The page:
I can accept that terminology. Using that, my point is that knowledge of the theory of gravity is not evidence for the accuracy of the theory of gravity.

  3. Stuart
    Stuart says:

    Hi Ian,

    That point is very modest. And in my opinion completely reasonable. To expand so I can see more where you are coming from, would you say that gravity (the phenomena itself – things falling) is evidence for the theory of gravity?

  4. Ian
    Ian says:

    Thinking about it more, we need to be really carefully about what exactly the phenomenon is and what the model is. We now call things falling gravity because we have had models that explain it called gravity. However gravity could be disproven in some sense (as indeed Newtonian gravity was) but the observations don’t change. In that sense it is more proper to talk about observations of things falling (or more precisely objects of mass attracting) rather than just calling it gravity. But provided we are clear on that point then your terminology is close enough to proceed.

    would you say that gravity (the phenomena itself – things falling) is evidence for the theory of gravity?

    Short answer: yes.

    Long answer: The phenomena itself is both the source and the confirmation of the theory. To explain: we observe that things fall which then leads us to seek a pattern or explanation. We come up with a model that suggests all things are attracted via the various equations for gravitation which matches the observations to date. This then makes predictions of observations we haven’t yet made which we then try and make to see if they match the prediction. The more observations we get that match, the more accurate the model can be considered. As it happens the Newtonian model of gravity didn’t quite accurately predict everything we saw and relativity took over as a better model.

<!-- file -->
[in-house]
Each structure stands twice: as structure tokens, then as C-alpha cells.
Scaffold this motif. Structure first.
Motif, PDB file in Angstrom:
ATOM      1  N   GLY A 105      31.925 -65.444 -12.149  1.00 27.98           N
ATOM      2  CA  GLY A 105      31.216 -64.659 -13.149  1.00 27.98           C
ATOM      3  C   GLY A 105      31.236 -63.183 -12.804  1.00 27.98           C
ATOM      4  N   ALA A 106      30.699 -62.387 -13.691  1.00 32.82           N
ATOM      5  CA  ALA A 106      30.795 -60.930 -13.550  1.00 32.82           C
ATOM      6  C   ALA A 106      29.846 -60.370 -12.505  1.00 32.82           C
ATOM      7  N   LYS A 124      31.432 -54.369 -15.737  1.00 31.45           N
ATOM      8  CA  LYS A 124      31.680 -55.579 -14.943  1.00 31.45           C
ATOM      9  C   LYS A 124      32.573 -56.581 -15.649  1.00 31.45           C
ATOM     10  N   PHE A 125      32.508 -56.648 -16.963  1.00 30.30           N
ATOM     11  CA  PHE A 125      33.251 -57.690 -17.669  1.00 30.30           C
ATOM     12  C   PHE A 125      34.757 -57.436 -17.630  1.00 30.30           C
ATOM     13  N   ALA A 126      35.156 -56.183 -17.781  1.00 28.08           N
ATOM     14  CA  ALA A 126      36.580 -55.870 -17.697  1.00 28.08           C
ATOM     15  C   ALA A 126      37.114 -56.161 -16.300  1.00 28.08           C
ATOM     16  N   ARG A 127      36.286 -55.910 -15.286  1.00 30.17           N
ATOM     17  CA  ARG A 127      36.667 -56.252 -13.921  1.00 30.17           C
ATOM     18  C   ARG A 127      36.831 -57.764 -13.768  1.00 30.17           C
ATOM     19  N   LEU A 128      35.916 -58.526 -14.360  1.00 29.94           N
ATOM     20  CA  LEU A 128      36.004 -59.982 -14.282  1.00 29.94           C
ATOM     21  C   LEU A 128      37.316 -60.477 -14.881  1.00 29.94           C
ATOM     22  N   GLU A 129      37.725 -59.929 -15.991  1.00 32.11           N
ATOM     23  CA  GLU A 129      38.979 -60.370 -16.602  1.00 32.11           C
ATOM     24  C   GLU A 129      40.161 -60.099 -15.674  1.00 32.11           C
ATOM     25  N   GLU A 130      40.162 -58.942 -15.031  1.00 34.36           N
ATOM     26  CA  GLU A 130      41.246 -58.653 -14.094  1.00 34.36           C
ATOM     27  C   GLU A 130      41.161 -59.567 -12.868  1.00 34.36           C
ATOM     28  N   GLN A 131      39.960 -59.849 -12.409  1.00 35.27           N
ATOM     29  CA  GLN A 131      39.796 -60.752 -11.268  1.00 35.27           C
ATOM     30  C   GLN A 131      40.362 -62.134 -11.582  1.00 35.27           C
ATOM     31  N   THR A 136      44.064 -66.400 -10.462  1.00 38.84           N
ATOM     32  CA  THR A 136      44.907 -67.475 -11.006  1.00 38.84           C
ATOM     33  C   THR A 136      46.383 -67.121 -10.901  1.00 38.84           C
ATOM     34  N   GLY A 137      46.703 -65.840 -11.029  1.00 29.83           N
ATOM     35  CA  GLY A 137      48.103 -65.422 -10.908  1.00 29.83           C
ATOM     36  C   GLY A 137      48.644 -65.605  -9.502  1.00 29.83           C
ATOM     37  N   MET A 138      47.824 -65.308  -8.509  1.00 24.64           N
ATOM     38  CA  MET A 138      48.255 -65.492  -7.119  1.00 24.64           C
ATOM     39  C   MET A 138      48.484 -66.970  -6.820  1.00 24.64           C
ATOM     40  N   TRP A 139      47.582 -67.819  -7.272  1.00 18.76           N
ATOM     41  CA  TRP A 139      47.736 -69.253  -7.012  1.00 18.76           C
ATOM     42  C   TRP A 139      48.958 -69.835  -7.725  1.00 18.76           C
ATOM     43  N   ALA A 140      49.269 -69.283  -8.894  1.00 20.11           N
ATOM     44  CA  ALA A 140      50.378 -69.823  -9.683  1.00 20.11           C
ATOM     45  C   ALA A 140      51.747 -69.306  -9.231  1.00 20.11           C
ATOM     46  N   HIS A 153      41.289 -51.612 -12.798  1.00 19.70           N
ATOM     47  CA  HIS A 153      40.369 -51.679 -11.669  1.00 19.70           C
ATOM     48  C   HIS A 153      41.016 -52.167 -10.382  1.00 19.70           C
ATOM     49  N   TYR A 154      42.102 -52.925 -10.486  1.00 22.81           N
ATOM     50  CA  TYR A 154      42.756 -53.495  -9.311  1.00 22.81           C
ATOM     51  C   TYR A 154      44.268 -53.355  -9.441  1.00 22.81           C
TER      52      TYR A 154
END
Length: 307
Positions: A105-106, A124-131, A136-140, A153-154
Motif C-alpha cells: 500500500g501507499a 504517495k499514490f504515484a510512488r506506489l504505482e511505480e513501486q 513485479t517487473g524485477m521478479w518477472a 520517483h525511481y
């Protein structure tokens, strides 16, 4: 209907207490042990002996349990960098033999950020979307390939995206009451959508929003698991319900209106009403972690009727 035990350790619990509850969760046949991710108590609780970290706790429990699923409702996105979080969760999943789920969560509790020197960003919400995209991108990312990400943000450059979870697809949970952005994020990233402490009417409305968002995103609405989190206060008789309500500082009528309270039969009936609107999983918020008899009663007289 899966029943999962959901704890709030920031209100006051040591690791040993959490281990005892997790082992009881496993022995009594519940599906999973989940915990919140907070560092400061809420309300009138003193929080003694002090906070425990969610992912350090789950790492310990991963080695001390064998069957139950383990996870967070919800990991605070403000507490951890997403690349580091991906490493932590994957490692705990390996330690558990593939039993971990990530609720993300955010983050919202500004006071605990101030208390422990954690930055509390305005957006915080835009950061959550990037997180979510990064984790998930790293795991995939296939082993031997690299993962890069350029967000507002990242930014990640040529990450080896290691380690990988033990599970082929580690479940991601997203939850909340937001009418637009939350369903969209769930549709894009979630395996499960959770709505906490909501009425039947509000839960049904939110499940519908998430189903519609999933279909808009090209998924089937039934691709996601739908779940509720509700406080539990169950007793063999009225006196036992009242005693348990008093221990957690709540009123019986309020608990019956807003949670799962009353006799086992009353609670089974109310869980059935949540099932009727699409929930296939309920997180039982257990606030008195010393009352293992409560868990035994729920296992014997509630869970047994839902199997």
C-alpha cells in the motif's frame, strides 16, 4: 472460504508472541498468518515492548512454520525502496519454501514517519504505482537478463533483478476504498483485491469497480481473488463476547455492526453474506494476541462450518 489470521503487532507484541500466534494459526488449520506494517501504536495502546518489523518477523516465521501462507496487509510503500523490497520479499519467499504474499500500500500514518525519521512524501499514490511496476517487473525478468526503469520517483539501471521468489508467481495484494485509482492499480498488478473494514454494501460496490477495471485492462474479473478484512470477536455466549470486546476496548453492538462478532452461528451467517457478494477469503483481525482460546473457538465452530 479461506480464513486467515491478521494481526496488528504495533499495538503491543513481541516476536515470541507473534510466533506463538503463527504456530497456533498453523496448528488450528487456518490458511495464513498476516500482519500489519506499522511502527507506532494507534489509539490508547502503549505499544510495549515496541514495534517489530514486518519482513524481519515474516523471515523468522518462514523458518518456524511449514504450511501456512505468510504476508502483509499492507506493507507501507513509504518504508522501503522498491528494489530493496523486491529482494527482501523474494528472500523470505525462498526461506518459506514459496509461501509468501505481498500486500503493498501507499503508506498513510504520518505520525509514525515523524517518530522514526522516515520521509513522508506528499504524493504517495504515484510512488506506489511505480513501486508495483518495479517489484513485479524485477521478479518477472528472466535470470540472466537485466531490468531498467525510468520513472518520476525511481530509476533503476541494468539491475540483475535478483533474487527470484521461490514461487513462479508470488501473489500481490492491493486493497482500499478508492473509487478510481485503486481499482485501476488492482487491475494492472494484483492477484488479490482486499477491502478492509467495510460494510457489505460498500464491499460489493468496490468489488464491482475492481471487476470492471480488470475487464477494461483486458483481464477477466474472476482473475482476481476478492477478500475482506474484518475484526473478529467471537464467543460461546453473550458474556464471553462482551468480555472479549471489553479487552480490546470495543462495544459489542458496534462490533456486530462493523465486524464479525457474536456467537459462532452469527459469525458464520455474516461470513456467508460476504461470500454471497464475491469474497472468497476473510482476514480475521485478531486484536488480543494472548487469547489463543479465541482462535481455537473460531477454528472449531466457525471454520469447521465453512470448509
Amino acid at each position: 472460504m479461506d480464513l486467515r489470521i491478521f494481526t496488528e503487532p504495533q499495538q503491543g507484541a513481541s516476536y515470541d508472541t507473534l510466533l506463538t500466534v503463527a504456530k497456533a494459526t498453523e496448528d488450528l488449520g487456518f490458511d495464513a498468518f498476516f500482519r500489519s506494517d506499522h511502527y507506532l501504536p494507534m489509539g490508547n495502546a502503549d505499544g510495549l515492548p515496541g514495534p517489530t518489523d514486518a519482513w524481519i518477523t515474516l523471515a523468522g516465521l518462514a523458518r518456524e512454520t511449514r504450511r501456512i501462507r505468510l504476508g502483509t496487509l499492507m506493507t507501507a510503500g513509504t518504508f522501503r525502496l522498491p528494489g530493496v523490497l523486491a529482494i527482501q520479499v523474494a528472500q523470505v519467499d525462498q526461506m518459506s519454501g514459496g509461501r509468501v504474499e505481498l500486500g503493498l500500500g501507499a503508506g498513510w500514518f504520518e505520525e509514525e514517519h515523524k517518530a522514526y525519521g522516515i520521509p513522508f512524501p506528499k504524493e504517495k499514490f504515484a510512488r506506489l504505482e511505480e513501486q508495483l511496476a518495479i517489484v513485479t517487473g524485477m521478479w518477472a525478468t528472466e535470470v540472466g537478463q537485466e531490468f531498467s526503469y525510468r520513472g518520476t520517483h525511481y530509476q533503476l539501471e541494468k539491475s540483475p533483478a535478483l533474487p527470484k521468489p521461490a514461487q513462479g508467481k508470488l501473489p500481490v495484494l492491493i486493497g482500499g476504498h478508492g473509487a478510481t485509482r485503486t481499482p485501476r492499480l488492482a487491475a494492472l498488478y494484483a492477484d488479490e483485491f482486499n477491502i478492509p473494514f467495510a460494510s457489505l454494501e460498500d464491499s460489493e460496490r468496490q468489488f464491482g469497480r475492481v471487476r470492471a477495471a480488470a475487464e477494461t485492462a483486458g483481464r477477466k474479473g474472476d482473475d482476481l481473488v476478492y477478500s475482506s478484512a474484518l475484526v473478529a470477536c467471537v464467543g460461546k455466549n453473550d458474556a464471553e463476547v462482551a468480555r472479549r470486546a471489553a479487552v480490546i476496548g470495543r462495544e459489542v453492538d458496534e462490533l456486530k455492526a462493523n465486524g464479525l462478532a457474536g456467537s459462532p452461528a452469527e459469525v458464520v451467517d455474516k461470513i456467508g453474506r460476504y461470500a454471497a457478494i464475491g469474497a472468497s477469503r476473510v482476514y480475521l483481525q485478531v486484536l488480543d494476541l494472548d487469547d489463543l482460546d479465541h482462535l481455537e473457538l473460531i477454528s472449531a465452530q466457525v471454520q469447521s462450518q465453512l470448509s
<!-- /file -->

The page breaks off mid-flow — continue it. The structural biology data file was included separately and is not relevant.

5. Jonathan
    Jonathan says:

    Hi again Ian. Excuse me for one post and I will let you get back to it. I was going to thank you for your last post in the other topic, but the topic closed. So … good job.

    In regard to this discussion, I am pretty sure that the Christians here know how science works. But thanks for the run down. What you have just described is the fatality in the ability of science to recognise any objective morality. If something breaks the model, we have to adjust the model or find a new model.

    Ian wrote (#45):